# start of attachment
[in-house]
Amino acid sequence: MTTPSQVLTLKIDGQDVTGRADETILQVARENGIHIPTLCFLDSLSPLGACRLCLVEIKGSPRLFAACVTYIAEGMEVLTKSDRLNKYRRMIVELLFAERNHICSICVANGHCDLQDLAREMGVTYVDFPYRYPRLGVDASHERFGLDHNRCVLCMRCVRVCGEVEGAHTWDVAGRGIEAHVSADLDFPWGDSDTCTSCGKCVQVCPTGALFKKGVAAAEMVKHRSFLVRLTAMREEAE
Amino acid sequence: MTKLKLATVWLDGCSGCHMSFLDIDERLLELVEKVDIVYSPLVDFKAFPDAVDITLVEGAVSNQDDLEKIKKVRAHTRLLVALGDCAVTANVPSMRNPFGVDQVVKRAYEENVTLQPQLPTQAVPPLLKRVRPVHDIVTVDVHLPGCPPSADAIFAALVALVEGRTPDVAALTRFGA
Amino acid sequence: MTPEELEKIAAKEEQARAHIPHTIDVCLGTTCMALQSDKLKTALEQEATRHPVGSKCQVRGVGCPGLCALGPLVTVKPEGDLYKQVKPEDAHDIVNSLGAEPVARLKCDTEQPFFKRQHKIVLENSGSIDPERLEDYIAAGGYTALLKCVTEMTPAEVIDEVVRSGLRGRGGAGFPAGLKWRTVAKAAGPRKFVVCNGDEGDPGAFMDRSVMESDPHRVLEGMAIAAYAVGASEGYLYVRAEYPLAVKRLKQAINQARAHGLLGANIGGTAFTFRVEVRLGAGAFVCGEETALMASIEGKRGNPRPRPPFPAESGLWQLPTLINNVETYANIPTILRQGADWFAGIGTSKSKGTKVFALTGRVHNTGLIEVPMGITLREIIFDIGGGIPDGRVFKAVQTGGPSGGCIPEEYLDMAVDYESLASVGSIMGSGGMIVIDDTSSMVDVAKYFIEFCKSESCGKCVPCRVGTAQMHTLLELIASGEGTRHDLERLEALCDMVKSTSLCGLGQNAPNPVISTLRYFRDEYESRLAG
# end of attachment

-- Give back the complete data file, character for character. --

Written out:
[in-house]
Amino acid sequence: MTTPSQVLTLKIDGQDVTGRADETILQVARENGIHIPTLCFLDSLSPLGACRLCLVEIKGSPRLFAACVTYIAEGMEVLTKSDRLNKYRRMIVELLFAERNHICSICVANGHCDLQDLAREMGVTYVDFPYRYPRLGVDASHERFGLDHNRCVLCMRCVRVCGEVEGAHTWDVAGRGIEAHVSADLDFPWGDSDTCTSCGKCVQVCPTGALFKKGVAAAEMVKHRSFLVRLTAMREEAE
Amino acid sequence: MTKLKLATVWLDGCSGCHMSFLDIDERLLELVEKVDIVYSPLVDFKAFPDAVDITLVEGAVSNQDDLEKIKKVRAHTRLLVALGDCAVTANVPSMRNPFGVDQVVKRAYEENVTLQPQLPTQAVPPLLKRVRPVHDIVTVDVHLPGCPPSADAIFAALVALVEGRTPDVAALTRFGA
Amino acid sequence: MTPEELEKIAAKEEQARAHIPHTIDVCLGTTCMALQSDKLKTALEQEATRHPVGSKCQVRGVGCPGLCALGPLVTVKPEGDLYKQVKPEDAHDIVNSLGAEPVARLKCDTEQPFFKRQHKIVLENSGSIDPERLEDYIAAGGYTALLKCVTEMTPAEVIDEVVRSGLRGRGGAGFPAGLKWRTVAKAAGPRKFVVCNGDEGDPGAFMDRSVMESDPHRVLEGMAIAAYAVGASEGYLYVRAEYPLAVKRLKQAINQARAHGLLGANIGGTAFTFRVEVRLGAGAFVCGEETALMASIEGKRGNPRPRPPFPAESGLWQLPTLINNVETYANIPTILRQGADWFAGIGTSKSKGTKVFALTGRVHNTGLIEVPMGITLREIIFDIGGGIPDGRVFKAVQTGGPSGGCIPEEYLDMAVDYESLASVGSIMGSGGMIVIDDTSSMVDVAKYFIEFCKSESCGKCVPCRVGTAQMHTLLELIASGEGTRHDLERLEALCDMVKSTSLCGLGQNAPNPVISTLRYFRDEYESRLAG